Building School Seating Charts in Clojure and ClojureScript: Part 1

School Seating Charts

I recently launched a little side-project web app, School Seating Charts, which makes it easier (and faster!) for teachers to build seating charts for their classrooms. The site is built entirely in Clojure and ClojureScript, which have been a pleasure to work with.

While writing this post, I realized that, for better or worse, I have a lot to say about Clojure and ClojureScript development. So, to make my life easier I’ll be splitting my thoughts into several posts. In this first post, I will give a general overview of my development experience, and in future posts I will dive more deeply into the details.


To build the app, manage dependencies, and generally keep myself from setting my hair on fire, I use Leiningen. There’s not much that needs to be said here — if you’re using Clojure without Leiningen, you are doing it wrong!

I develop Clojure with Vim, which puts me in the (slight) minority versus Emacs users. Overall, while the LISP-editing tools in Emacs are probably more refined, editing Clojure in Vim is not bad at all. Between VimClojure and Paredit.vim, I’m not left wanting. If you go down the VimClojure route, be sure to use the lein-tarsier Leiningen plugin, which makes it much easier to get Vim talking to an instance of your app.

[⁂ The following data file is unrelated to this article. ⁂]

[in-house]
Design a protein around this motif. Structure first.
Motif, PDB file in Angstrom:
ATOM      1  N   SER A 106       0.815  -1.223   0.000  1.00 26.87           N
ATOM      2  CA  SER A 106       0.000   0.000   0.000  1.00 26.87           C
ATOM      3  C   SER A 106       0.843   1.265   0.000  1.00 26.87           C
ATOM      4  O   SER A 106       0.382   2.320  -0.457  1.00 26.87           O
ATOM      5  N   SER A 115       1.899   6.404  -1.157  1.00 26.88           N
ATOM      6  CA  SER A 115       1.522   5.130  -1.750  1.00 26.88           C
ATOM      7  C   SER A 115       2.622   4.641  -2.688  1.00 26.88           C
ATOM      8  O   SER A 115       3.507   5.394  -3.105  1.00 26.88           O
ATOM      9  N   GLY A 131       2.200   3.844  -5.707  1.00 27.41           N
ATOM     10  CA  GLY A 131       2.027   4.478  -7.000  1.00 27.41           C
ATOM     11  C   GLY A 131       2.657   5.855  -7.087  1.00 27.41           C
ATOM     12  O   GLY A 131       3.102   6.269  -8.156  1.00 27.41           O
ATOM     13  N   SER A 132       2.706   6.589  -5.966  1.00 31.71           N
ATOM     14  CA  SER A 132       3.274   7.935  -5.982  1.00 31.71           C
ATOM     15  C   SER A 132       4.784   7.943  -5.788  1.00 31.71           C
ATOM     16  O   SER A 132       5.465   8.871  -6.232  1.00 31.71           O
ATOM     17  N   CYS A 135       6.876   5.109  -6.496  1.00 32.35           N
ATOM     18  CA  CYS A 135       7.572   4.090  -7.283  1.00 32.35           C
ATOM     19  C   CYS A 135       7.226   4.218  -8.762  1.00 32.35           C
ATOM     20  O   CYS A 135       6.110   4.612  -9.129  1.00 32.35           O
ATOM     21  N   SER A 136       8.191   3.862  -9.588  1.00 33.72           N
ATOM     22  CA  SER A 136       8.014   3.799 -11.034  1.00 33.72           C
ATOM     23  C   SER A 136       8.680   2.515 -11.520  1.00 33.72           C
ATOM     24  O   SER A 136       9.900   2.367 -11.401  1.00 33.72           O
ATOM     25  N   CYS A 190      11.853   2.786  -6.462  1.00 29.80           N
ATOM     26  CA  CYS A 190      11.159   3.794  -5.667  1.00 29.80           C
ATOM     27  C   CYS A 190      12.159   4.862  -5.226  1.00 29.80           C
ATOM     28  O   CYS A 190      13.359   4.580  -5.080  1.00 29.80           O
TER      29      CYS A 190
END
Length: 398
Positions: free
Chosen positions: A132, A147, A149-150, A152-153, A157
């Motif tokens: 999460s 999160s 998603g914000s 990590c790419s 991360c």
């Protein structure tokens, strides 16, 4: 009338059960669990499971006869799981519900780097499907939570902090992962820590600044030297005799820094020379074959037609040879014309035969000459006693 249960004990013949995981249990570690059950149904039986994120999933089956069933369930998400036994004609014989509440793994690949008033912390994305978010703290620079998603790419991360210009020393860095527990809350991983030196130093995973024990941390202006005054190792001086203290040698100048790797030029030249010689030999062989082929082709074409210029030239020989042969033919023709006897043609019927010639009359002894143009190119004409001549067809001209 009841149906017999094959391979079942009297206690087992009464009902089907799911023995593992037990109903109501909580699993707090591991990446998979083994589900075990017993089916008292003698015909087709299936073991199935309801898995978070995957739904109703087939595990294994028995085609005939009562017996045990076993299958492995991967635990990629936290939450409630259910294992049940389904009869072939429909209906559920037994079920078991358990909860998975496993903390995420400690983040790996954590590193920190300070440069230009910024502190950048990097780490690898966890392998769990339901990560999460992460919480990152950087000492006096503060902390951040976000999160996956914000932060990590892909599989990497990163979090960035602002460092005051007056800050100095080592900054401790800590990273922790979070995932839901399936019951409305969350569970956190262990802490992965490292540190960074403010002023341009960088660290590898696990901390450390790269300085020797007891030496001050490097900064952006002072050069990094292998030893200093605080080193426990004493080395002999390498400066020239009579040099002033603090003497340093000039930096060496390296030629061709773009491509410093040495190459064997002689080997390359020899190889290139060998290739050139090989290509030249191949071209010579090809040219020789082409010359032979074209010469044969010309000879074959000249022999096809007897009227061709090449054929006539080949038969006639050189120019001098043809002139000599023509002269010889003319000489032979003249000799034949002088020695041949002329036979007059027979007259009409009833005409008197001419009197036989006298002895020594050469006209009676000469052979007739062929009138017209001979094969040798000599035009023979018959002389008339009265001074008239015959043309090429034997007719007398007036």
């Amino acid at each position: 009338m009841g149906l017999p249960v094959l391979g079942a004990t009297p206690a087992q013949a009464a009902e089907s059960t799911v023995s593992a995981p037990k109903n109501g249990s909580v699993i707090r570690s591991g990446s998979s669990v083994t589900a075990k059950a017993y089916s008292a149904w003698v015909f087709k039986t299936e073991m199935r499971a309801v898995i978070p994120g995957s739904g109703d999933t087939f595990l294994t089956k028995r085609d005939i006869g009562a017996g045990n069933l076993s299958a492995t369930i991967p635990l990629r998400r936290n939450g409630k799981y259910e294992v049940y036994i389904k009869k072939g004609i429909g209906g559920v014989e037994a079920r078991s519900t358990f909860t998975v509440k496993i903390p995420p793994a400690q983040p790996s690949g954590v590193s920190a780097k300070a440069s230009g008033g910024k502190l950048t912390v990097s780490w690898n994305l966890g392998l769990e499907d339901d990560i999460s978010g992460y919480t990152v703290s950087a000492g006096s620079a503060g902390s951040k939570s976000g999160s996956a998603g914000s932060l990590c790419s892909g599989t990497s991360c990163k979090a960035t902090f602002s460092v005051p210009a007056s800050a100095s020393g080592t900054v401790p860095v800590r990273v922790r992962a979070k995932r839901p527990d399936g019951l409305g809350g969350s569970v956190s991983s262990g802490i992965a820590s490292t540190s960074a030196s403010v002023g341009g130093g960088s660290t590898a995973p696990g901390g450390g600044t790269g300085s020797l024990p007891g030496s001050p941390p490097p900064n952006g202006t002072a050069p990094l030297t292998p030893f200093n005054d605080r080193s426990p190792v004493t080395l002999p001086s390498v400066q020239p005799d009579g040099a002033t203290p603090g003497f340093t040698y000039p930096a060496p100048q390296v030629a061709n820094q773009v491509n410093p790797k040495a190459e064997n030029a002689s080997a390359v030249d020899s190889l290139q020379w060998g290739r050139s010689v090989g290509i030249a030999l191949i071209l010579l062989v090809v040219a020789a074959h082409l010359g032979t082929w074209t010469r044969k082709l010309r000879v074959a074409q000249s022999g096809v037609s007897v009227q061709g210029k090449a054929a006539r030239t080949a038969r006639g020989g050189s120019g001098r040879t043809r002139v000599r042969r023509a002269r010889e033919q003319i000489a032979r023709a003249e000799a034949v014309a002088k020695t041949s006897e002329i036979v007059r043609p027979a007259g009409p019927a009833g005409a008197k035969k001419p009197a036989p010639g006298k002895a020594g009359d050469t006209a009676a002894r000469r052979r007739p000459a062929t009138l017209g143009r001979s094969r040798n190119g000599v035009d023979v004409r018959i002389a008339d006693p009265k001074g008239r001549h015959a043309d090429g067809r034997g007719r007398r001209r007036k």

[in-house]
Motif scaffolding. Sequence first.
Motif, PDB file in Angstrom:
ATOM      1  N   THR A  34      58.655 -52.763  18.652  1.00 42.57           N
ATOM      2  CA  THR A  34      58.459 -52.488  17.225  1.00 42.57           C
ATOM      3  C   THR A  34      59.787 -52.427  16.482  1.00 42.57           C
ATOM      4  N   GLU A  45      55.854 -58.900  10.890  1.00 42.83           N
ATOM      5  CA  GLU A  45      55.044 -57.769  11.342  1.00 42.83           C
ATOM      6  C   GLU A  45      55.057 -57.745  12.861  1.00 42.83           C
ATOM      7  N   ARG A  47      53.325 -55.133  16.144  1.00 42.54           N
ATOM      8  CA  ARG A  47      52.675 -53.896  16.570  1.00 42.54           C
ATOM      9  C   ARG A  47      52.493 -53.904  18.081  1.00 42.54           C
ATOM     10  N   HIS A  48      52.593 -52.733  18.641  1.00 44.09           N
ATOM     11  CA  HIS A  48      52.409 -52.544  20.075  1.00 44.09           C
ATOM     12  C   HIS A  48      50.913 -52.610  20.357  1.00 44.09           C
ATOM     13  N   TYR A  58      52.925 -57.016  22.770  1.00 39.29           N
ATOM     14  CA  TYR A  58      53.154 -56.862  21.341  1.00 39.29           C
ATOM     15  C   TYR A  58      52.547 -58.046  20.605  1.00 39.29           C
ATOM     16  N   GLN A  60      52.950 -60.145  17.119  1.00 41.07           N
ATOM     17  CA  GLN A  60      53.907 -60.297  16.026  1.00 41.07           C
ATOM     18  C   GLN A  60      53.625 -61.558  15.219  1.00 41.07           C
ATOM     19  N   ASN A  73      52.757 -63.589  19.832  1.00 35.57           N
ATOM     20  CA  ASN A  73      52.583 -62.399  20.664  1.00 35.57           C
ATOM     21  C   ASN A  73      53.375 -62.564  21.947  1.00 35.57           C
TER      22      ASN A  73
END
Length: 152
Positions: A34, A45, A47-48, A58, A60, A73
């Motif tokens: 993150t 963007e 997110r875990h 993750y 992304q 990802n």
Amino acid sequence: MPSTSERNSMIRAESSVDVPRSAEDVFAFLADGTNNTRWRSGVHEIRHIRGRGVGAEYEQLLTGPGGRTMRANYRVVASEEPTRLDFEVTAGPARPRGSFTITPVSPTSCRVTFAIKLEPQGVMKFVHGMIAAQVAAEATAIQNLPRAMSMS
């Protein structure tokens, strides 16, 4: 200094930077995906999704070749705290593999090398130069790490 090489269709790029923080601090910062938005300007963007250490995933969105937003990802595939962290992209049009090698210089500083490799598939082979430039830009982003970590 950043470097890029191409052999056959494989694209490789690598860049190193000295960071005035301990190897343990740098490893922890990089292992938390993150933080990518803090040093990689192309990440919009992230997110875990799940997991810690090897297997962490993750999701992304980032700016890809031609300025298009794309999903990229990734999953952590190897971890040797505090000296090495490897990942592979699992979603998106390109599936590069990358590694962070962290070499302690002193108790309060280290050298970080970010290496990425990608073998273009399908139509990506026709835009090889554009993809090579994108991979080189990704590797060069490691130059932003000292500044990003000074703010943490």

Finally, of course, I use the lein-cljsbuild Leiningen plugin for compiling and testing my ClojureScript code (as the author of the plugin, it would be a bit weird if I didn’t). School Seating Charts is the reason that lein-cljsbuild exists in the first place — it’s a classic example of an open source project scratching its author’s itch.

Production Environment

The app runs on Google App Engine (GAE). Now, I work for Google, so I’m probably biased (although I began working for Google well after I chose to target GAE), but I have been really happy with it so far as a Clojure deployment target.